It’s just an easy place to live in. People are usually not aggressive (there are exceptions, but they’re not that common), food and other daily stuff is available 24/7, everywhere and for cheap, health coverage is pretty great, it’s easy to meet people (some wonderful, others not so much), taxis are cheap, Taiwanese people aren’t in your face trying to tell you what to do and how to behave… basically, I feel completely free to live the life I want and choose for myself.

@Sanchez: you sound very miserable and bitter, maybe it’s time to move on?


#11

What happened?


#12

For those who say Taiwan is interesting I’d like to see it spelled out. Why? The food sucks. Locals are so proud of it by I feel it is highly overrated. Most of Taiwan’s Han people came from Fujian province, a region not known for spice. The food is bland, bland, bland. No coconuts or tomatoes used in the cooking. The only country in Asia with worse food than Taiwan is the Philippines. Nature? Try hiking in Taiwan. The trails are full of people playing their personal stereos at high volume. It is beyond rude. I can hardly hear the birds and insects sometimes, it’s that bad. It’s as if they never heard of earphones before. They just have to blast those personal stereos as loud as possible, and playing the same old garbage Taiwan pop songs. That’s another thing -music. Like live music? Forget Taiwan. Hideous architecture. What exactly is interesting about Taiwan???

Going to have kids here? The goal of Taiwan’s education system is the destruction of childhood. Test after test after test, hyper-competition between students, egged on by parents. It’s a nightmare.


#13

Manila


#14

You do know there are other places than Elephant Mountain and Yangming Shan, right? Northern Taiwan is riddled with trails, you can go for a whole day without meeting a soul.


#15

16 years here because Taiwan is a really easy place to live after you learn some chinese and get used to the Asian food, safe, very convenient transport in the main, cheap to eat out, low rents, low costs overall, generally friendly people if shy.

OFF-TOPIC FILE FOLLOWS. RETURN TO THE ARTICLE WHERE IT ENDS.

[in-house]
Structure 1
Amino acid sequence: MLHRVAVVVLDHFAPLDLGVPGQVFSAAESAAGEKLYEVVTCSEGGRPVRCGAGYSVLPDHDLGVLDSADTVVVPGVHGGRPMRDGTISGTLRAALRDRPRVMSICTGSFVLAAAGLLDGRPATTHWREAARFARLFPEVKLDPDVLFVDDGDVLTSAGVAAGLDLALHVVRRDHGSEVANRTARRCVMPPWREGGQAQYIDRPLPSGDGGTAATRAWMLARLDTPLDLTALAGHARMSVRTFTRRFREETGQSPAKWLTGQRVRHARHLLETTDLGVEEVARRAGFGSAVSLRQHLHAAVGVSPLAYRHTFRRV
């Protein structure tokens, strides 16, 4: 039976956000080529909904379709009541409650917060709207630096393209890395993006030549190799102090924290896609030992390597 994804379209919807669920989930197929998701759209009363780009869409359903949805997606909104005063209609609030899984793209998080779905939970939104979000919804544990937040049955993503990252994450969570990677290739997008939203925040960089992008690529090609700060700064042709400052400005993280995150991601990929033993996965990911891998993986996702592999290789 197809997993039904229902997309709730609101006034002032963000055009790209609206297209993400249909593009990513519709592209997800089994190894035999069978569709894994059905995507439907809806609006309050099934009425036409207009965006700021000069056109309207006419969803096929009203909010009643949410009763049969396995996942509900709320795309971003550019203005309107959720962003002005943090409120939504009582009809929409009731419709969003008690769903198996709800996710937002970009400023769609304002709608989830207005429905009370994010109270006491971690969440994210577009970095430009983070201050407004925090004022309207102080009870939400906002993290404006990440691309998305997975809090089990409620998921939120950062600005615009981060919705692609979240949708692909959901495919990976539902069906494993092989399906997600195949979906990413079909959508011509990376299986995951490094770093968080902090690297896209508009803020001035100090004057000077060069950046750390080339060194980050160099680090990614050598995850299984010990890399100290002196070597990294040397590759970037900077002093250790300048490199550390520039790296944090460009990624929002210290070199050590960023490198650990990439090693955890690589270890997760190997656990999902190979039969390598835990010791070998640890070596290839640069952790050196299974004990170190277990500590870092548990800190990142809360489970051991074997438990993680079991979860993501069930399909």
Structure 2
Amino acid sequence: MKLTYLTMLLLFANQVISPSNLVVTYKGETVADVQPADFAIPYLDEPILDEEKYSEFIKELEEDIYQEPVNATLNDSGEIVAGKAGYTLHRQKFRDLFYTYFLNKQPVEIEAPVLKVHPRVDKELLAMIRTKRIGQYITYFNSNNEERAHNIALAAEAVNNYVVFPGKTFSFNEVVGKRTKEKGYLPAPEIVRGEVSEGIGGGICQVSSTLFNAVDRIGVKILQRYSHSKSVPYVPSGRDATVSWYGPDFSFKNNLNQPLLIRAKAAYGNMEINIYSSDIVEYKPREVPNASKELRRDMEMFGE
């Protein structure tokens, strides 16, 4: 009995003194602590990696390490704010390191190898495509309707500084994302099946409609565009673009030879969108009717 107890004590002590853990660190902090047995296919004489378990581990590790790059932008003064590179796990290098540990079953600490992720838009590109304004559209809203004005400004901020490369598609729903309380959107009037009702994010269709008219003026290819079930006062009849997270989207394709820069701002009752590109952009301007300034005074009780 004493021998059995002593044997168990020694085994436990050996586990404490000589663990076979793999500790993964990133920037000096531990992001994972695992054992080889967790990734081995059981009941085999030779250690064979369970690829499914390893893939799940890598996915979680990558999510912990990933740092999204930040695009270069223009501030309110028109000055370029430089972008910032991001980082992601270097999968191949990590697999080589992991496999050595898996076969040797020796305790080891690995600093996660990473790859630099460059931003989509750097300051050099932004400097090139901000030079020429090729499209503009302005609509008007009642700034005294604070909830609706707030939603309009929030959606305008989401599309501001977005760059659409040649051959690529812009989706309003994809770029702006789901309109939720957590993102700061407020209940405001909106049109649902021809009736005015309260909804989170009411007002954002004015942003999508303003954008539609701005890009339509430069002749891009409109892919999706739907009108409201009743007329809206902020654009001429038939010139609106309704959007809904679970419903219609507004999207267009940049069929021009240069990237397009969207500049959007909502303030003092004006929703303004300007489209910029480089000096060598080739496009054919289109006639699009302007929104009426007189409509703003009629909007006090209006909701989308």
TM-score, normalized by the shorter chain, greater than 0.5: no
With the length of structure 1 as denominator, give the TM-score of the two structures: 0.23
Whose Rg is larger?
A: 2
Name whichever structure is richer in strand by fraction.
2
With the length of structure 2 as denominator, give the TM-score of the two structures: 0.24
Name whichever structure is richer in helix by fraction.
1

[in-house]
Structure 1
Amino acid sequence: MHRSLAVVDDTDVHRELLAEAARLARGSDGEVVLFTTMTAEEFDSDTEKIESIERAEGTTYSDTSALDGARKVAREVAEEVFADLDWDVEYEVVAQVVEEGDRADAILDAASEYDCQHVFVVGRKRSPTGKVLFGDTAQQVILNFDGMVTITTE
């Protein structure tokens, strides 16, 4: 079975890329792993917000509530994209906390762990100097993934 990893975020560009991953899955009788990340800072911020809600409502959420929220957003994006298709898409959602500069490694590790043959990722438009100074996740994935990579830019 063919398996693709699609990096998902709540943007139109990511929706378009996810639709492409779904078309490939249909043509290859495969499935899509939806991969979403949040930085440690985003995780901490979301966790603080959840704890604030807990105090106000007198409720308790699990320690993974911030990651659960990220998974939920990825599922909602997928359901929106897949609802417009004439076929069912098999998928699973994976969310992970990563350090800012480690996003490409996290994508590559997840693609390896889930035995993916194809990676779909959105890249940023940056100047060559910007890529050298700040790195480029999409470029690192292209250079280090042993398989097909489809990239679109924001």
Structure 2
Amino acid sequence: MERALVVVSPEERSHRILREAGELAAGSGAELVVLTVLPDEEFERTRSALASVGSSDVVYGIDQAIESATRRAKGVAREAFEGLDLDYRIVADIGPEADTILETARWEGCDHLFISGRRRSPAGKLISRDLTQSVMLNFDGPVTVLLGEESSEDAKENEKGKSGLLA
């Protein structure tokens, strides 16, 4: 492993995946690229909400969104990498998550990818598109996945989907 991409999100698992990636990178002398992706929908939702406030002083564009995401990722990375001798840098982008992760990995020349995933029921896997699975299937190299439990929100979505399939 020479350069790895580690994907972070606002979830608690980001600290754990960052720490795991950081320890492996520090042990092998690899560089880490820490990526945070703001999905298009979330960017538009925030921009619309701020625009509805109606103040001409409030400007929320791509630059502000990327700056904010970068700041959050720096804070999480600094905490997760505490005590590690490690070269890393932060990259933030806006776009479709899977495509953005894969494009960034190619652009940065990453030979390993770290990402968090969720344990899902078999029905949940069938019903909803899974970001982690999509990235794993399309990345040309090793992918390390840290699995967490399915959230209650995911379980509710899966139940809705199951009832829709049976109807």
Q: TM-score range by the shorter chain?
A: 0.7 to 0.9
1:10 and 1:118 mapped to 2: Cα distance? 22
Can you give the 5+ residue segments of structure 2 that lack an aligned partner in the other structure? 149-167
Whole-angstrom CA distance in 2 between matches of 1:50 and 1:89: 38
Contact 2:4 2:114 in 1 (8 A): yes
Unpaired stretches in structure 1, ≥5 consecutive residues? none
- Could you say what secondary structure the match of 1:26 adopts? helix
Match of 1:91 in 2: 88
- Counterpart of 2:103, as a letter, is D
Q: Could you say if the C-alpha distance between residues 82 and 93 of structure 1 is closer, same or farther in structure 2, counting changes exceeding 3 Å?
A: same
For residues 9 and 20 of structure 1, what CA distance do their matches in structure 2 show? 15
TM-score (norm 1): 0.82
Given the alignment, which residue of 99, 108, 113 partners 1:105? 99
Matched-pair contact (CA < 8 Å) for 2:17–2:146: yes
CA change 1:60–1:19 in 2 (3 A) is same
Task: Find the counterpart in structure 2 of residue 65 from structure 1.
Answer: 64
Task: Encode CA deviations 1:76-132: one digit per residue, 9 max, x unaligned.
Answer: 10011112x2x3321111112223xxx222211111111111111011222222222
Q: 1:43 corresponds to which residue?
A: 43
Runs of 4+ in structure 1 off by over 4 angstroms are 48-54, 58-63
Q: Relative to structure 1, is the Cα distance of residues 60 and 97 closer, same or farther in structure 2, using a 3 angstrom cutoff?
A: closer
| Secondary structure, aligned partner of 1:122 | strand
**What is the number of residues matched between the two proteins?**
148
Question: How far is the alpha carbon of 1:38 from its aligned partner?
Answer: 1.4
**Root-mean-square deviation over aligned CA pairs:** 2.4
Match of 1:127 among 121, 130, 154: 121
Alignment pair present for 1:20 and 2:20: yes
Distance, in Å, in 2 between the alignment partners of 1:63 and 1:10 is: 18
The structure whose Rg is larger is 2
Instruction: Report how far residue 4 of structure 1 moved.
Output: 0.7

There are certainly things I don’t like, I have kids in school
And the attitude of other parents Appals me, asking for more homework for their first grade kids, commenting on the looks of the teachers , this kind of stuff.
The elementary schools aren’t too bad though they actually have more variety of extra curricular classes than in many places in Europe. The lack of open space is a concern though.
There are private schools at reasonable costs so it’s always an option.

Work, kind of a disaster zone in Taiwan. I have a well paid job now and hope never to work for Taiwanese organizations again. Definitely worst thing in Taiwan, poor pay, jealous colleagues, poor management practices, unpaid overtime, it really is awful and number of national
Holidays too few in the year.

Health system generally works quite well at reasonable price.

I’m also not a fan of the climate especially in Taipei which is hot and humid and then goes cold and humid with about two months in the year that are really nice and comfortable.

Taiwan still has great accessible nature nearby the cities which is a big bonus.

Air pollution issues are bad but the same across all of Asia almost except for Japan.

People could be friendlier in Taipei, it’s not the best and not the worst, at least people don’t get in your face here.

It’s not for everybody. That is for sure. But it has plenty of good points too.

I’m a bit concerned about the economic future of my kids though, I won’t lie. We could leave for sure if the opportunity arose.


#16

[quote=“Gain, post:9, topic:155194, full:true”]

Where I come from, such accidents are pretty common. Traffic accidents are the second cause of death. Buses, trucks and heavy machinery go through residential areas. A dear friends’ family was torn apart when a bus driver “tried to scare them for fun”… and threw the bus on them. Would like to tell you that is uncommon but there is an attitude of “I am smarter than you” and “gotta teach you a lesson”. For what or why, I still dunno. Add booze and drugs and heavy trucks in roads meant for an oxcart and that haven’t been upgraded since 1930 and you have a bloodbath every weekend. Most bridges are Bailey’s left by the last US Army incursion… and tend to fall. If you kill or get killed on the roads, justice is for sale.